Dermal Absorption as an Exposure Route

Compared to other body structures, the skin is unique in being perpetually exposed to the environment.15,16,17

The rate of dermal absorption of a substance is proportional to both the concentration of the substance and the surface area over which it is applied. The wider the contact area and the more concentrated the substance, the greater will be the absorption.

The thickness of the skin, especially the stratum corneum, also determines the degree to which substances are absorbed. Thicker skin is a greater barrier to passage of foreign substances. Depending on skin thickness, there can also be variability in absorption of a given substance by different regions of the body. For example, hydrocortisone is absorbed over 50-times greater by genital skin versus the skin of the palms.18

Damage to skin, both through disease or direct environmental influence, can also alter the barrier properties of skin and enhance absorption of substances. Even something as innocuous as the removal of outer layers of skin with cellophane tape can apparently dramatically increase dermal absorption.19

Occlusion of the area of skin in contact with a substance also serves to enhance absorption. This phenomenon explains why dressings are placed over topically applied medications in clinical practice. Occlusion serves to increase hydration and temperature of skin and can also enhance injury to skin from hazardous substances, thereby increasing absorption secondarily as noted above. For this reason, it is recommended that if insect repellants are used on children they only be applied to naked skin or to clothing, but never to skin that will be covered by clothing.

Vehicle composition will also determine the absorption of an agent. Lipids and lipid-soluble substances absorb more readily. Agents that have lower solubility with the vehicle will absorb more easily into skin. “In general, chemicals that travel quickly through the skin have low molecular weights, no electrostatic charge and easily dissolve in fat.”20 Finally, if the vehicle’s properties are such that it damages skin, this may secondarily increase dermal absorption as well.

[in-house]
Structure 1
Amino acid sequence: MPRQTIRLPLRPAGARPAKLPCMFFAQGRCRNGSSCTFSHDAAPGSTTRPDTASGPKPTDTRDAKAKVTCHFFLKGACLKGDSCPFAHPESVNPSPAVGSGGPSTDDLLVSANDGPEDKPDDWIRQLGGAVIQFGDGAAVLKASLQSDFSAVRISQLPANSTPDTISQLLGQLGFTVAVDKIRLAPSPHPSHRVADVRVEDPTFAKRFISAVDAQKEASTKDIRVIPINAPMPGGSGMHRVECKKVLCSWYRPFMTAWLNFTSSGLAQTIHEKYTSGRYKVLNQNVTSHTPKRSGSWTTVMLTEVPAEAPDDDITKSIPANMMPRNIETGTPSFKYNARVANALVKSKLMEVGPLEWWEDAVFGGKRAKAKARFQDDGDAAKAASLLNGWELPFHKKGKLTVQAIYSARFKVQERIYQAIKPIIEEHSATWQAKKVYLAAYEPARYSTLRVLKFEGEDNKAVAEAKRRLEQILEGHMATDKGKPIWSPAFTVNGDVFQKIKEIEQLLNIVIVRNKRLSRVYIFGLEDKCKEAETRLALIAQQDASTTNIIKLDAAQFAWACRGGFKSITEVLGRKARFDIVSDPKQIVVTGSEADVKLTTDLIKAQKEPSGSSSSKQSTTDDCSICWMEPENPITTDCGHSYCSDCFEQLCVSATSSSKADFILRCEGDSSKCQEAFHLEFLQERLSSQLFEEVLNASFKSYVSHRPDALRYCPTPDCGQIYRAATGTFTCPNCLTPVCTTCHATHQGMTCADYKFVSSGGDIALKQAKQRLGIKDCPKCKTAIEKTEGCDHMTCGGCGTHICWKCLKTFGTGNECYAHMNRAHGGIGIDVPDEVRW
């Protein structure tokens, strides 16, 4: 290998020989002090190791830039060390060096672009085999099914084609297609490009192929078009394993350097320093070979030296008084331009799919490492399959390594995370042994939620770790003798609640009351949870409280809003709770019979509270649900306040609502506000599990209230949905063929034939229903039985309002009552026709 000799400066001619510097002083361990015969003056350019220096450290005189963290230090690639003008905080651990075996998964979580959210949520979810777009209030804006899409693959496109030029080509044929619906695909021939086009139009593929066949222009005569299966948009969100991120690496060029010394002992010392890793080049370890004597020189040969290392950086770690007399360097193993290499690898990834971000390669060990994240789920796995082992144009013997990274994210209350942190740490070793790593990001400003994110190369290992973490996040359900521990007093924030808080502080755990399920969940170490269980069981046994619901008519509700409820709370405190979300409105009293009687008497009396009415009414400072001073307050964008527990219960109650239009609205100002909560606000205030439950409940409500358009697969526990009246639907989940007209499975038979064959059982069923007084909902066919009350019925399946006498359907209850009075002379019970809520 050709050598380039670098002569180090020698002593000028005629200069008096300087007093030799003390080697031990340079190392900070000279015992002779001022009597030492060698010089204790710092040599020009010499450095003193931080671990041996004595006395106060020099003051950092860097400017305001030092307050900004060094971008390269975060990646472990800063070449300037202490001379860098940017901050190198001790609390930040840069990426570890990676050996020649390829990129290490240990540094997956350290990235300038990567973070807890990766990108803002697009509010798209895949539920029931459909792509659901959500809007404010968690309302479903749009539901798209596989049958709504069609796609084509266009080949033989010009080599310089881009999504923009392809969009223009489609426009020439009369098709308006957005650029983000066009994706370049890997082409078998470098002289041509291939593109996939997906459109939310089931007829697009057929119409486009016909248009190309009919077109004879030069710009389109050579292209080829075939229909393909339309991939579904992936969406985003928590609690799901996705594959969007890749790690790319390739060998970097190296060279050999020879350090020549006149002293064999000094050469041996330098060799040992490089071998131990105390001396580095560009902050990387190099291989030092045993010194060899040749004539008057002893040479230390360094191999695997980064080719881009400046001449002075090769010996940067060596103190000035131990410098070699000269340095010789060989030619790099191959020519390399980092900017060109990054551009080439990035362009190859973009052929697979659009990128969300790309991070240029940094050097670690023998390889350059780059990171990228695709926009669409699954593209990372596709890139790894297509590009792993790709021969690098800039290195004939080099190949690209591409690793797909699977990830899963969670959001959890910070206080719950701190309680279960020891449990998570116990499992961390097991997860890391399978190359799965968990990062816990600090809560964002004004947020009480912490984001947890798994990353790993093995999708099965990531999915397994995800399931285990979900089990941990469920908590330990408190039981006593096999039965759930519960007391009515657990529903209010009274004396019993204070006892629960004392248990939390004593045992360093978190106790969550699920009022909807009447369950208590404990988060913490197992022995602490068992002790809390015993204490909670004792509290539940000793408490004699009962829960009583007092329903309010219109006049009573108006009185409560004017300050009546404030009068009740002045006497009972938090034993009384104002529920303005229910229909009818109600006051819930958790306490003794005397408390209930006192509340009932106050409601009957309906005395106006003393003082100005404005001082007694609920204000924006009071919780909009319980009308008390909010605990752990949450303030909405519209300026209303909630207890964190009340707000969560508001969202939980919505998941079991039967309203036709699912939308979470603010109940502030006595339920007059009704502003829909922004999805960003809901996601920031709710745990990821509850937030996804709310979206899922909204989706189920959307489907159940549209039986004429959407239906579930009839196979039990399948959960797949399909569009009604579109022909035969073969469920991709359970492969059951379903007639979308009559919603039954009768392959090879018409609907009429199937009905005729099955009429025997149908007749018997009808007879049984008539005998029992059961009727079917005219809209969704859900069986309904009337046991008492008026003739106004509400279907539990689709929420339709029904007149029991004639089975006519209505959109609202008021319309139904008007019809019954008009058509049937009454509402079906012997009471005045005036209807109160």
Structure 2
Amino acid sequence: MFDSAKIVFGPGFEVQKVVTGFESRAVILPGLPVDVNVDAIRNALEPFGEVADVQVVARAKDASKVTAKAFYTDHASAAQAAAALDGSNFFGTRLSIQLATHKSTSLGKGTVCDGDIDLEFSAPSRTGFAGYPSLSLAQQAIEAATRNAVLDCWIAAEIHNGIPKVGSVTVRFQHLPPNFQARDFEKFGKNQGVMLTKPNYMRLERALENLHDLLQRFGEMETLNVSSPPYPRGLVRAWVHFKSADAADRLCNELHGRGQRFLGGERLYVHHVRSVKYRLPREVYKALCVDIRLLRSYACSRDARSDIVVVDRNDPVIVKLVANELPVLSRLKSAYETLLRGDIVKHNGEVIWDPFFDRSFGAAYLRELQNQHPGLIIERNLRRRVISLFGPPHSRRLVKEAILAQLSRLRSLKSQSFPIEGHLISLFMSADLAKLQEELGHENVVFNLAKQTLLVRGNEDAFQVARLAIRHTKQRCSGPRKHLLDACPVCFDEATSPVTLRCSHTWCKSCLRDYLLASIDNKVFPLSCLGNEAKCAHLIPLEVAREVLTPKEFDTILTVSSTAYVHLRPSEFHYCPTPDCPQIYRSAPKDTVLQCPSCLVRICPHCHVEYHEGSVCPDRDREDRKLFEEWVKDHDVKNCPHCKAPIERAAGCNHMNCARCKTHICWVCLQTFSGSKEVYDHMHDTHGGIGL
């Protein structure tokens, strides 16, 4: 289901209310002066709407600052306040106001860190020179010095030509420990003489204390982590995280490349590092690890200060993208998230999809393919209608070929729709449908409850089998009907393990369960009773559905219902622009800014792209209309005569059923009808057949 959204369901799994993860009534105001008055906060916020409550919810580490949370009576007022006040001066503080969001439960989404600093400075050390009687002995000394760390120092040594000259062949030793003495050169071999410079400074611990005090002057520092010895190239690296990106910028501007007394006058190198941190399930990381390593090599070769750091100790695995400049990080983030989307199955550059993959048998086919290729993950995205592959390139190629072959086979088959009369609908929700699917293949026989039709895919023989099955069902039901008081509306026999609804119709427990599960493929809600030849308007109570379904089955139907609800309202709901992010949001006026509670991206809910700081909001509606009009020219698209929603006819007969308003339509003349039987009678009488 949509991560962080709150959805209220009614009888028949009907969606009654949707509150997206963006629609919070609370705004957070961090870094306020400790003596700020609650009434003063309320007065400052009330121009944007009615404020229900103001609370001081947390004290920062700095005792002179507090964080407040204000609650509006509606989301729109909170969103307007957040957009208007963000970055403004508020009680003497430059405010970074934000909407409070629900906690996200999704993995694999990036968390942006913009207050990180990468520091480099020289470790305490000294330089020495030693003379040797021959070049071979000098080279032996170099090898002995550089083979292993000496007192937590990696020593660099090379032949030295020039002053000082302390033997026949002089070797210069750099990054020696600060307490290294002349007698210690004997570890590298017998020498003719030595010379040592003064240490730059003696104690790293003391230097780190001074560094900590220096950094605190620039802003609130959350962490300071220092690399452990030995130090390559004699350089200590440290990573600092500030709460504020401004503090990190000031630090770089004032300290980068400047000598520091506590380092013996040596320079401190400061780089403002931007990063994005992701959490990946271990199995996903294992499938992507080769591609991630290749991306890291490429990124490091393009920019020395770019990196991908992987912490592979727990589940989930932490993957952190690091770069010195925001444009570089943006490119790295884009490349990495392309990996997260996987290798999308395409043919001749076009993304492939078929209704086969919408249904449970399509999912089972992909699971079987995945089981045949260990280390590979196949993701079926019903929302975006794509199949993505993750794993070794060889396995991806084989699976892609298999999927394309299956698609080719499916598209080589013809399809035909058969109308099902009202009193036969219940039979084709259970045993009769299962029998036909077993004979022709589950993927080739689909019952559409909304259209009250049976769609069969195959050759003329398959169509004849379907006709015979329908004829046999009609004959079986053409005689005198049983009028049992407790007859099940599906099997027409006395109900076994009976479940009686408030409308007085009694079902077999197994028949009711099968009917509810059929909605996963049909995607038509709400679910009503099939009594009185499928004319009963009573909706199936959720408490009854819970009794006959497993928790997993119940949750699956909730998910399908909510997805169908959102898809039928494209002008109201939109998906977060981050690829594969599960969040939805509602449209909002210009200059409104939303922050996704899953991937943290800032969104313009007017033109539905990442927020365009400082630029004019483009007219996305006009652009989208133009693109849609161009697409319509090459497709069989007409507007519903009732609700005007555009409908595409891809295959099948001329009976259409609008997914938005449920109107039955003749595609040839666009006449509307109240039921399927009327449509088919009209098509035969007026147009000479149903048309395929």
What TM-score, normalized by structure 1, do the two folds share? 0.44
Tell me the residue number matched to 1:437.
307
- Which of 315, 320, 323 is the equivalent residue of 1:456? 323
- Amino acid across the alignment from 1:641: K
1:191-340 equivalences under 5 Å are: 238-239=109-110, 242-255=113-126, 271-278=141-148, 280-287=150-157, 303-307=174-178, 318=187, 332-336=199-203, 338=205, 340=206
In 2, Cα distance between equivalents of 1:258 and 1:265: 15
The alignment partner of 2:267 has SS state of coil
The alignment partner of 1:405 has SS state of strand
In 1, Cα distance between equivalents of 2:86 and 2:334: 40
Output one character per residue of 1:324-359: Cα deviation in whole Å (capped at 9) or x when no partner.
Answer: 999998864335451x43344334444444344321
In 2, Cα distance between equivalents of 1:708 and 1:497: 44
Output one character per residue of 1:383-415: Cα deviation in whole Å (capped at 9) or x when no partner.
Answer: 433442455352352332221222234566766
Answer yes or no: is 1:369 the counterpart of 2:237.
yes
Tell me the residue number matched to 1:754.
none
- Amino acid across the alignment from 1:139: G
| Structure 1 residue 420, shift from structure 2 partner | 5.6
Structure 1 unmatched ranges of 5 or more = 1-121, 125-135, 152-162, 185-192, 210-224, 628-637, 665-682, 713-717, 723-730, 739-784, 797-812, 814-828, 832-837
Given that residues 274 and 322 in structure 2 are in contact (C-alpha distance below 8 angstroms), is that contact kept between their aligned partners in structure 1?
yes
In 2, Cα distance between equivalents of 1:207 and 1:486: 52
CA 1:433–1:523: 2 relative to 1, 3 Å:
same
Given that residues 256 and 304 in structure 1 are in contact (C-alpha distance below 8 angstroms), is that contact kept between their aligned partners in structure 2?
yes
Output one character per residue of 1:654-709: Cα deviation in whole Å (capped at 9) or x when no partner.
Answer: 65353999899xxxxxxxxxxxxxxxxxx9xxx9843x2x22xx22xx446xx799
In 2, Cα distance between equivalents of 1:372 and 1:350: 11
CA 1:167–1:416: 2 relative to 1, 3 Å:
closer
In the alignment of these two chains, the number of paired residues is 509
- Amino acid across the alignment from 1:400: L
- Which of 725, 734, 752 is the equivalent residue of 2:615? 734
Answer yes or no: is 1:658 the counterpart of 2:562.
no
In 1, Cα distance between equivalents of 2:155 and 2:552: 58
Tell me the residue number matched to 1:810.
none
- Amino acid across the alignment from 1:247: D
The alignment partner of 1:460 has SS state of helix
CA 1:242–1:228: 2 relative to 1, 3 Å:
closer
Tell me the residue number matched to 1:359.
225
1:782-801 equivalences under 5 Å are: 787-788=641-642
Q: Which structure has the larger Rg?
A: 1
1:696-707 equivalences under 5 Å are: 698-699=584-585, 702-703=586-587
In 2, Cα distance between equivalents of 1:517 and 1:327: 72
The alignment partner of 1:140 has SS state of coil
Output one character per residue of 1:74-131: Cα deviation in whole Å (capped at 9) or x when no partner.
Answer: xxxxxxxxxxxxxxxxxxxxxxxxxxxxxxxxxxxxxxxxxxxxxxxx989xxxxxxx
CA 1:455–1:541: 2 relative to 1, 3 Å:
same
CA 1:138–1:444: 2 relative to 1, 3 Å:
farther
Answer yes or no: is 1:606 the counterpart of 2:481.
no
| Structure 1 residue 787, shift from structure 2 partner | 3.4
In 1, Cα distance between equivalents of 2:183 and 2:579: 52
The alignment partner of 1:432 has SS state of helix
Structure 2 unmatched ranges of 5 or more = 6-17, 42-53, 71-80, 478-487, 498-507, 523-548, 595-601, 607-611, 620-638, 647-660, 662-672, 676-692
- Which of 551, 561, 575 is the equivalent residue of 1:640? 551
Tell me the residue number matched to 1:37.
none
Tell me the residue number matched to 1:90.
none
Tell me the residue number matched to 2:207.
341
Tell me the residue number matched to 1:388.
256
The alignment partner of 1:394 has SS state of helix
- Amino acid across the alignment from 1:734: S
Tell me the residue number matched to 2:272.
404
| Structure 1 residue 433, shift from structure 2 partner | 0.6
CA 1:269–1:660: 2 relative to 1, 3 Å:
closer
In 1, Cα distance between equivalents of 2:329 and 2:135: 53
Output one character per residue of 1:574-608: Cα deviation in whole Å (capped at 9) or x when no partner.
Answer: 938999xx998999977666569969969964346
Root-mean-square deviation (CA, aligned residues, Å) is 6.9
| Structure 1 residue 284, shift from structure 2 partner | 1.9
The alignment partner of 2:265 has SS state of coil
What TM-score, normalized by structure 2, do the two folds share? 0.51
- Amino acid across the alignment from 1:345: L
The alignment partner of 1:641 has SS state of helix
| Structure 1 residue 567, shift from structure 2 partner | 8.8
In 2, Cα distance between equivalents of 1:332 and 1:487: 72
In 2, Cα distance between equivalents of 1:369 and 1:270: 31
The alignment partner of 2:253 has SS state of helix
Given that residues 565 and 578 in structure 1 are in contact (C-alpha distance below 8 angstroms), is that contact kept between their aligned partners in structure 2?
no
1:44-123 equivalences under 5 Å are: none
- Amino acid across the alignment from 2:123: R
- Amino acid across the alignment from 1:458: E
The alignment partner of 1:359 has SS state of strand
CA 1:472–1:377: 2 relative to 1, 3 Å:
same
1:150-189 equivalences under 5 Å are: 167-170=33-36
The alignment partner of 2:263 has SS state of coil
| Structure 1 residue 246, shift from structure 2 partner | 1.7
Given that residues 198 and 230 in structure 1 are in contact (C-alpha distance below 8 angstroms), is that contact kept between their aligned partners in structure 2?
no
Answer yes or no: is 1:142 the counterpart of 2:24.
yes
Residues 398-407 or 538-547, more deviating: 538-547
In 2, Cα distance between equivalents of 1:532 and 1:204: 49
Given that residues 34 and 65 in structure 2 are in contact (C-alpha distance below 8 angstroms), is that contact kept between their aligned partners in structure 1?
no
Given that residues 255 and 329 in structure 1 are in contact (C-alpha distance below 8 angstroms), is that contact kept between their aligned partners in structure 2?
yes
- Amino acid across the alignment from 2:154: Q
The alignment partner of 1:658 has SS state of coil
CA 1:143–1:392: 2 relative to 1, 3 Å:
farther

Dermal absorption is also a route of exposure to contaminants that are found in soil, air and water. For example, exposure may occur via bathing, showering or immersion in contaminated natural swimming water and, therefore, through direct skin absorption. There has been considerable study concerning the exposure in bath, shower and chlorinated pool water to chlorine disinfection by-products. Inhalation and dermal absorption are the two most likely routes of exposure to certain of these substances.21 Trihalomethanes represent one class of these agents that have been linked to increased risk for spontaneous abortion and for developing bladder and colon cancer.

Health Canada researchers estimated that skin exposure to polycyclic aromatic hydrocarbons (PAHs) via Great Lakes water sediment might in some extreme circumstances be equally important to the oral exposure route. They conclude that there is the potential for toxicologically significant absorption of contaminants found in water if skin has prolonged exposure and particularly if it has sunburn damage.22 Such a conclusion has important implications for children’s exposures since they are likely to spend more time in swimming water, will absorb more relative to their body weight and are reliant on adults to ensure adequate protection against sun damage that would compromise the barrier property of their skin.  

Recreational water contaminated with high levels of E.coli and other fecal coliform bacteria can produce skin rashes and eye, ear or throat irritation from direct contact.23 Such health effects have been taken into consideration in the development of recreational water quality guidelines. If a beach or body of water is determined to have unacceptably high levels of microorganisms, the local medical officer of health has the authority to post warnings to the public of the probable health risks.

Copyright © 2000 Canadian Association of Physicians for the Environment
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